Given lack of investment in infrastructure, lack of trained personnel, and the regional differences in gaining cost-effective access to coal, the key question is whether the coal industry can deliver. The outcry about problems with U.S. coal supply reached a loud crescendo in mid- and late-2005 as surging demand for coal, coupled with transportation outages on the Joint Line in the Powder River Basin, placed further pressure on specific links in the coal-supply chain—some of which have shown stress for several years.
The highest-profile anxiety has been in the coal-fired power generation sector, where consumers have reduced stockpiles to near zero in some regions and, in a few instances, have been forced by coal shortages to switch to gas to meet demand.
Focus on the high-profile cases has somewhat overshadowed numerous cases where lack of coal at the loadout (in Central Appalachia), lack of barges, lack of rail cars and motive power, and lack of coal at the ports of departure (in South America) have undermined the reputation of coal’s reliability as a baseload fossil fuel throughout the United States.
Somewhat muted in the noise have been observations that U.S. coal-supply capacity needs detailed examination to avoid future problems and perhaps a catastrophic collapse similar to that witnessed in the U.S. natural-gas sector earlier this decade. But just what is meant by coal-supply capacity?
The typical energy balance approach espoused by the International Energy Agency (IEA) and also followed by the EIA defines supply as the sum of production, stock changes, and net imports. Net imports consist of total imports minus total exports. When exports exceed imports (as they do in the United States), net imports is a negative number. Based upon an observation of time-series data used to calculate coal supply, there have been warning signs that the U.S. coal sector has been experiencing some contraction of its “supply capability” for several years.
Coal exports—mostly coking coal—declined steadily from 1996-2002, and only recovered modestly from 2003 as global coking coal prices tripled. Domestic consumption plus net imports significantly have been greater than production since 2003. Additionally, stocks have declined in four of the last six years. While all of these factors suggest a weaker domestic supply chain, they are primarily measures of flows rather than capacity.
A Different Approach
One prominent component of capacity is the capacity to produce coal. Coal-production capacity statistics are collected by the EIA on Form EIA-7A, which requires reporting “the maximum amount of coal that your mining operation could have produced during the year with existing mining equipment in place, assuming that the labor and materials sufficient to utilize the equipment were available, and that the market existed for the maximum coal production.”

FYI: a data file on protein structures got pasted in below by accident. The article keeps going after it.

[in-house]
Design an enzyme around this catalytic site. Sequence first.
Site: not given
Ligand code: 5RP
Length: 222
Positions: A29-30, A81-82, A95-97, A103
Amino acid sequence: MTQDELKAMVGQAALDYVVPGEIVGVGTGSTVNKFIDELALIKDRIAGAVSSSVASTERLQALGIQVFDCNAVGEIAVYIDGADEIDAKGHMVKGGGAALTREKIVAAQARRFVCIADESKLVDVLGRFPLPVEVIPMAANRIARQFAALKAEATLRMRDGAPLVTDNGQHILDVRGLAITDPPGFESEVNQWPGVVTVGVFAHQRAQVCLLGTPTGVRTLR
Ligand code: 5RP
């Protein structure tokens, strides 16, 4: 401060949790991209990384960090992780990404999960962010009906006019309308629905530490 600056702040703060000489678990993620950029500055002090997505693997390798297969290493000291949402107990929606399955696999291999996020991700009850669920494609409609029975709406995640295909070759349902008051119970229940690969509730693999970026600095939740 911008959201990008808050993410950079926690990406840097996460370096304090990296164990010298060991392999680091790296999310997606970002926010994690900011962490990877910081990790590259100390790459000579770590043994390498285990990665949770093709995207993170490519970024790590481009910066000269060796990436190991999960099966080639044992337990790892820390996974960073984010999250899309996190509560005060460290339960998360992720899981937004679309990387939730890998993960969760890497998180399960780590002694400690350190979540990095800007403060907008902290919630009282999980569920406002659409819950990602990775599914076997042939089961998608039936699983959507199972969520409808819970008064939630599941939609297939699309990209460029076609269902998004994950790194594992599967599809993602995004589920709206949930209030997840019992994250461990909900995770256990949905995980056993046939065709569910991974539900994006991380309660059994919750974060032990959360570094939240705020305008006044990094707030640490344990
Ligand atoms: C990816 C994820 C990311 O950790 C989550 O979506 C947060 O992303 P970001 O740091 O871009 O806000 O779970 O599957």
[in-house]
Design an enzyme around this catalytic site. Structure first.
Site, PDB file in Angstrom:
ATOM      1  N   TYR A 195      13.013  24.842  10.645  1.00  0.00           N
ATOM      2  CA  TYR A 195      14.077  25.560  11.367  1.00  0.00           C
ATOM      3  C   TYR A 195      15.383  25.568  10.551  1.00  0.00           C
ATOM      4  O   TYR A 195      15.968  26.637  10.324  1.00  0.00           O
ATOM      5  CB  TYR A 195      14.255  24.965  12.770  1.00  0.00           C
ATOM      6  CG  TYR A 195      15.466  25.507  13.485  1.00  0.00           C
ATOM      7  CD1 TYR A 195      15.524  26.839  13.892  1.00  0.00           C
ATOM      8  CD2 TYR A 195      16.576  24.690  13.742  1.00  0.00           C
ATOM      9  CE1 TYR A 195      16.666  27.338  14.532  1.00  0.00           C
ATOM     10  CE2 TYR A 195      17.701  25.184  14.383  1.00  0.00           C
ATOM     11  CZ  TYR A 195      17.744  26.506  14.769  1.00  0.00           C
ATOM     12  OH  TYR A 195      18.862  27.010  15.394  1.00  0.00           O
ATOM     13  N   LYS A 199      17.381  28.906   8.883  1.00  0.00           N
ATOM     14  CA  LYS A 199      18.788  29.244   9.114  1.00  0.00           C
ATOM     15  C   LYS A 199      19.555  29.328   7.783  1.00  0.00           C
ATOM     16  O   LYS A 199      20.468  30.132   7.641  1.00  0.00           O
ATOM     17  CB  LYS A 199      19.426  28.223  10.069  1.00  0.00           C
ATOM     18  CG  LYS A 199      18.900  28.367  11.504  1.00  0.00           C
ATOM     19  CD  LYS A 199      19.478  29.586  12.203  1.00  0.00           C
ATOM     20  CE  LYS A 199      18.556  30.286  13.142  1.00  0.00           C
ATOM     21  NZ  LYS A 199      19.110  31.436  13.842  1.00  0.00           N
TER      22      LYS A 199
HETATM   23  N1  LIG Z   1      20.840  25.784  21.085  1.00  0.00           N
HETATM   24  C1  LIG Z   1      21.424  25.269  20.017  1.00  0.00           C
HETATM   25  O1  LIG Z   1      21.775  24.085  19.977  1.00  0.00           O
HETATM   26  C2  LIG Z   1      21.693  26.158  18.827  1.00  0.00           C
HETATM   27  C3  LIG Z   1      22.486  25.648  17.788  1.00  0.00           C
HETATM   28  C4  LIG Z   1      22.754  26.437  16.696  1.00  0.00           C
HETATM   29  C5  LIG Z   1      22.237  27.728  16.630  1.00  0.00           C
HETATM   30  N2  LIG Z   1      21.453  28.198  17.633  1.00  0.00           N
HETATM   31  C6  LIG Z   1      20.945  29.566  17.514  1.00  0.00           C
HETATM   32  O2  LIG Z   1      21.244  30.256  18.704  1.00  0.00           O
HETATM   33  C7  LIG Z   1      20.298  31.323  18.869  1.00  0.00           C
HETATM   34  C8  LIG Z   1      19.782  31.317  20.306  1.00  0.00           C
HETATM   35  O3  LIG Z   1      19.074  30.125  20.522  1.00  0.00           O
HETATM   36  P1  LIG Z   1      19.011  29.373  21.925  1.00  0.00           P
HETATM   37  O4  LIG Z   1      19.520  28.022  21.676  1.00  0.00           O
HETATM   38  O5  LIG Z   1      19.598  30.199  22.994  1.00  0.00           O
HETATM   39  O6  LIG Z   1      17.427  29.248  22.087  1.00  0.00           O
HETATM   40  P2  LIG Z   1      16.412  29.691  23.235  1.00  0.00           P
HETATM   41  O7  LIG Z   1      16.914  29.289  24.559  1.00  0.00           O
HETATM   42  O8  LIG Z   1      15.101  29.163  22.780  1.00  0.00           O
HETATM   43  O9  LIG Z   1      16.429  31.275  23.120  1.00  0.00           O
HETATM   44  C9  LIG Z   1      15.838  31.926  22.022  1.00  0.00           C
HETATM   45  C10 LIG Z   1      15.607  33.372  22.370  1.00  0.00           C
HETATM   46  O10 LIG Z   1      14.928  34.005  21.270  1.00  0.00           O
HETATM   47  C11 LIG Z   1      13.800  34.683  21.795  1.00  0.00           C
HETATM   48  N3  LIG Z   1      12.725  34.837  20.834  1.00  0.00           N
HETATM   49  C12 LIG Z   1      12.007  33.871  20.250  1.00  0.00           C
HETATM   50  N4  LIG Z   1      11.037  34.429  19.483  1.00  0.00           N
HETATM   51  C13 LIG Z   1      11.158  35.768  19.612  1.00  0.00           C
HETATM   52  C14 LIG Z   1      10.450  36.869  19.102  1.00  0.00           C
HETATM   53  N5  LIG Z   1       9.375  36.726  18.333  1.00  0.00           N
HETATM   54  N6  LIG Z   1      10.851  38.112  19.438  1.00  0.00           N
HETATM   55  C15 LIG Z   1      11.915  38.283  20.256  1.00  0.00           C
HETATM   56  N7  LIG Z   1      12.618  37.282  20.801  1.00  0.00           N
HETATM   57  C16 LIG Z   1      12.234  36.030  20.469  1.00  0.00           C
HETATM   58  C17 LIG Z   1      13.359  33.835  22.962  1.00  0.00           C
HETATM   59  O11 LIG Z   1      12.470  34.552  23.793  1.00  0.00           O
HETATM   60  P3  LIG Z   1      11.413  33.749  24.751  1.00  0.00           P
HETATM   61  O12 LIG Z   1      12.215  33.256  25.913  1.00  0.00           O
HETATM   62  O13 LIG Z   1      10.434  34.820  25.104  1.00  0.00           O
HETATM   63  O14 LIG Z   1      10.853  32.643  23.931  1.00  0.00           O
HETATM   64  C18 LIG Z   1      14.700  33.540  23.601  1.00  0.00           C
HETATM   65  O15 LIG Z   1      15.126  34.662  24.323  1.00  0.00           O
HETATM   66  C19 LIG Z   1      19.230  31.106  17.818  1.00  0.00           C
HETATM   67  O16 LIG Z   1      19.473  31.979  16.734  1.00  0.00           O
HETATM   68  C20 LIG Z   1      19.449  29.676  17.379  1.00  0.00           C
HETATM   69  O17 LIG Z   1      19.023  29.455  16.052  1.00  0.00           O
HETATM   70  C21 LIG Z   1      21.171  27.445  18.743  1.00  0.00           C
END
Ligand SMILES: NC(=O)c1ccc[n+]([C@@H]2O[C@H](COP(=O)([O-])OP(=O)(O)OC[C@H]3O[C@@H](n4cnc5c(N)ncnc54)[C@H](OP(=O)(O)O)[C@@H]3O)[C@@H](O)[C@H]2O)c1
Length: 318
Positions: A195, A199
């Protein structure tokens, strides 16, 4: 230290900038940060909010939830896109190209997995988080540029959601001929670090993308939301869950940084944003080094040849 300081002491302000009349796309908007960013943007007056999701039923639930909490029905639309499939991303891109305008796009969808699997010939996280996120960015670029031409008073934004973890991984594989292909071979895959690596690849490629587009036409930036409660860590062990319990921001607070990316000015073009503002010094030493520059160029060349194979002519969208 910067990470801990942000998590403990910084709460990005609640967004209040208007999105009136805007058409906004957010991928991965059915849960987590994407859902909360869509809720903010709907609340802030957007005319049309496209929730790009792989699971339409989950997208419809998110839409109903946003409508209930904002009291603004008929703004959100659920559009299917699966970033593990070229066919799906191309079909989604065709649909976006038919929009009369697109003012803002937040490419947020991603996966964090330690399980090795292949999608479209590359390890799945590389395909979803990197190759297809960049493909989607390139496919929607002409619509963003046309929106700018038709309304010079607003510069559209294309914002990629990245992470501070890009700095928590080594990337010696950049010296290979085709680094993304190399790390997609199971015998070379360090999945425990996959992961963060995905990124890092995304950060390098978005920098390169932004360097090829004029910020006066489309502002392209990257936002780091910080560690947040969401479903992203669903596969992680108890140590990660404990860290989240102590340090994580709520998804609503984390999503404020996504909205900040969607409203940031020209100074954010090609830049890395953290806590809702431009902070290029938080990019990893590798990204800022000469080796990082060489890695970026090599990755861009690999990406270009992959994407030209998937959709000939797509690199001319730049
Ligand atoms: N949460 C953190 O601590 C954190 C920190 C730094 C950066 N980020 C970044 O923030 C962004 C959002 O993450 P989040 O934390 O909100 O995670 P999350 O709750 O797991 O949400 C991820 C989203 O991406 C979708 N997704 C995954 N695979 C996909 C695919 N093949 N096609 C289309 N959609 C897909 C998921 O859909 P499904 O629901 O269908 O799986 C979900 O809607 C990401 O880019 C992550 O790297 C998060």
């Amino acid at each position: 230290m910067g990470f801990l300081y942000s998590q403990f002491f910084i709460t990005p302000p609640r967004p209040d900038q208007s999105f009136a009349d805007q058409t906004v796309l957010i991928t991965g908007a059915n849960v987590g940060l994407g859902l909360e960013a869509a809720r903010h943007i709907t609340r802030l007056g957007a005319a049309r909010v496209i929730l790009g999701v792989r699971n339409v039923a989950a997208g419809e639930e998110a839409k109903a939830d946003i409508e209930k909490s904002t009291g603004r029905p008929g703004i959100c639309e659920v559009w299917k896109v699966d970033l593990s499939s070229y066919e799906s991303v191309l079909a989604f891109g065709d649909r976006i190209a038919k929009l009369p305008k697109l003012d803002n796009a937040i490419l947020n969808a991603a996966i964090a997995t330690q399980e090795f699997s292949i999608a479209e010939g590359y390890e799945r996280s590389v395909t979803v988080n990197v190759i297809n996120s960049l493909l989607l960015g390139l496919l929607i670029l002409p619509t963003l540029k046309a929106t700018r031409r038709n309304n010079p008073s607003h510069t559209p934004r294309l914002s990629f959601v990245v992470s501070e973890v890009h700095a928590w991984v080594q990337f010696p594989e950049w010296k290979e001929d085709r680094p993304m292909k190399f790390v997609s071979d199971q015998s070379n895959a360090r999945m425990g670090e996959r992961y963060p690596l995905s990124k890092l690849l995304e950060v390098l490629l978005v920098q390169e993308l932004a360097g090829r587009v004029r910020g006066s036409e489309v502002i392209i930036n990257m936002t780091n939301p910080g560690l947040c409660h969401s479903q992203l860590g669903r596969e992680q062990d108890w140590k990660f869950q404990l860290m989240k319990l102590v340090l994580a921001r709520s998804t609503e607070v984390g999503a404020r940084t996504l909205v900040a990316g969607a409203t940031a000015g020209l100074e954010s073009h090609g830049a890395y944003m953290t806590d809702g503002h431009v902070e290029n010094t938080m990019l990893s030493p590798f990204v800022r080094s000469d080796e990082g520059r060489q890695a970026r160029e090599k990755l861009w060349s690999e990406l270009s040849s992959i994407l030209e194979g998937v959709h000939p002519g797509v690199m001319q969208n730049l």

Unfortunately, EIA data is collected only once per year, and the lag time is significant: Coal production capacity data reported for 2005 will be available in late 2006. Further, the data are published at the regional and state level, but do little good for industry analysts trying to maintain a timely measurement of the pulse of productive capacity on anything but an anecdotal basis.
It is impossible to use the data to do mine-level analysis. And without mine-level aggregation capability, it is impossible to conduct timely measurements of coal production capacity by quality category, rail-origin capability, productivity range, mine type, or any other of a number of reasonable categorizations. Because of the annual data collection and the time lag in publication, the data provide no insights into capacity changes throughout the year as new mines open and close. They are excellent sources of “after-the-fact” statistics to confirm the accuracy of other techniques for estimating capacity, and undoubtedly will have great value for the assignment of blame by officials and senior management should catastrophic capacity failures occur.
Because of limitations in the EIA capacity statistics, Global Energy developed alternative approaches to estimating coal-production capacity. The most straightforward is the “proved in-place” capacity method. To calculate the capacity using this approach, we used quarterly production statistics reported on MSHA Form 7000-2. These data are collected quarterly and published with a lag time of 60 to 90 days. Thus, they can be used for analysis of changes throughout the year and are available (in a preliminary form) much sooner than EIA capacity statistics. The approach used by Global Energy is to examine production reported for the previous 12 quarters at the mine level, and multiply the highest quarter of production at each mine by four to estimate annual capacity.